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Can Psychedelics Expand Our Consciousness?

Andrew Ostrovsky

"One of the great responsibilities we have as a society is to educate ourselves, along with the next generation, about which substances are worth ingesting and for what purpose and which are not. ... If I knew that either of my daughters would eventually develop a fondness for methamphetamine or heroin, I might never sleep again. But if they don't try a psychedelic like psilocybin or LSD at least once in their adult lives, I will wonder whether they had missed one of the most important rites of passage a human being can experience."

Coming late in a new book by Sam Harris called Waking Up: A Guide to Spirituality Without Religion, this passage snapped me to attention. It's not that Harris' book had lulled me up to that point: It's a provocative, informative and, at times, infuriating look at consciousness and the self. Its main argument is that techniques exist, meditation prime among them, to reduce human suffering by helping us to understand that the self — as conventionally understood — is an illusion. Our feeling of "I" is a product of thought, and thoughts merely come and go in our consciousness; there's no self behind our eyes or in our head, and when we grasp this, it's easier to unmoor ourselves from the sources of suffering in our lives.

The ways in which Harris supports this thesis are worth reading. Yet as a parent of a college-age daughter, I found that it was his move beyond meditation — Harris' expressed hope that his kids, once they become adults, will ingest psychedelics — that made me stop and think hard. Is Harris' wish an ethical one? What can my field of anthropology bring to bear in thinking about this matter?

On this topic of psychedelics, Harris has an advantage that I lack. Not only has he spent considerable time in serious meditative practice, he also has experienced moments of immense beauty and love — and other moments of total terror — on MDMA (ecstasy), psilocybin (mushrooms) and LSD. I grew up in the '60s in a family whose lives centered closely on law enforcement — my father was a captain in the New Jersey State Police — and I wasn't exactly the drug-experimenting type. In high school and college, I watched a few friends go through trips good and bad, but that's as close as I got.

Harris is candid about the risks of ingesting psychedelics:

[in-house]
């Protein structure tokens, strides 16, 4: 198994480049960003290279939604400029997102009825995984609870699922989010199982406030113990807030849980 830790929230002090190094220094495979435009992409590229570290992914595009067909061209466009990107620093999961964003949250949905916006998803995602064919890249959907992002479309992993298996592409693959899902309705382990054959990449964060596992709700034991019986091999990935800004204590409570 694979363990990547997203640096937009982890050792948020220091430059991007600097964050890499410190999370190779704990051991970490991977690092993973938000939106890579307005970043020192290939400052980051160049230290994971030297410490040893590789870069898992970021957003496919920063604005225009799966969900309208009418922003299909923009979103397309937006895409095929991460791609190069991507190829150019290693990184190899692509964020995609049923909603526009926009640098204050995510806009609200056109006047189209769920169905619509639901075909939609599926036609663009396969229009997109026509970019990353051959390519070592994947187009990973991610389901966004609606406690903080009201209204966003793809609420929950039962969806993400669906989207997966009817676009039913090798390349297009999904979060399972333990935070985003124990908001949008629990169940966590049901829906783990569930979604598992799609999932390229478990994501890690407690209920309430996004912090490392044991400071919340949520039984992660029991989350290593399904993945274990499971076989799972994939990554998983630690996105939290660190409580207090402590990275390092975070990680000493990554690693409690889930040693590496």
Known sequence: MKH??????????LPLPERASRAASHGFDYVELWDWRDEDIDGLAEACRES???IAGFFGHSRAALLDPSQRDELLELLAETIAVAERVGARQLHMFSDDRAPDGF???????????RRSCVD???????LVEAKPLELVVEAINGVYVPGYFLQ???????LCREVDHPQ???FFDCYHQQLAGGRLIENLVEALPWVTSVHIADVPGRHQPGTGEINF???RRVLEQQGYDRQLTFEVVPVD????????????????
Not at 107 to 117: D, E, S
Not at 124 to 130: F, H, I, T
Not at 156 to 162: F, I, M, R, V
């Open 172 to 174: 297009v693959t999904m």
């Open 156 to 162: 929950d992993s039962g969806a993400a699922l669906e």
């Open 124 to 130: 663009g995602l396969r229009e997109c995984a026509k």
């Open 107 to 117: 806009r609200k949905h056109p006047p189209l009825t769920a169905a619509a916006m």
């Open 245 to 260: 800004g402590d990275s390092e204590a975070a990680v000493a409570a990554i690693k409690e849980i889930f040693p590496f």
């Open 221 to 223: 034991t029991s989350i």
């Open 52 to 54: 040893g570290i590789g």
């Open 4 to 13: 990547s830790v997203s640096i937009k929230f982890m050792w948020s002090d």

"There is no getting around the role of luck here. If you are lucky, and you take the right drug, you will know what it is to be enlightened (or to be close enough to persuade you that enlightenment is possible). If you are unlucky, you will know what it is to be clinically insane."

Harris describes one LSD trip as plunging him into "a continuous shattering and terror for which I have no words."

Some readers, Harris notes at the outset, may want to consult their mental-health professionals before carrying out any of the ideas he endorses (including meditation), and he concludes that after expanding one's consciousness through drugs, "it seems wise" to find other practices that "do not present the same risks."

So how should we think about the psychedelic-ingestion experience in connection with a search for enlightenment? Research in neuroscience certainly shows real change in the brain from the action of psychedelic drugs. But I don't think it's enough to say that the outcome of any given trip is a matter of which drug one ingests — and of individual luck.

Like everything else humans do, ingesting psychedelics — even if we are totally alone while doing so — is a cultural matter, and the outcomes are culturally contingent. Anthropologists Greg Downey and Daniel Lende, who co-blog at Neuroanthropology, each made the same point to me in separate emails this week when I invited them to respond to Harris' passages about enlightenment through psychedelic drug use: "One could say that Harris goes a bit far," were Lende's words. He continued: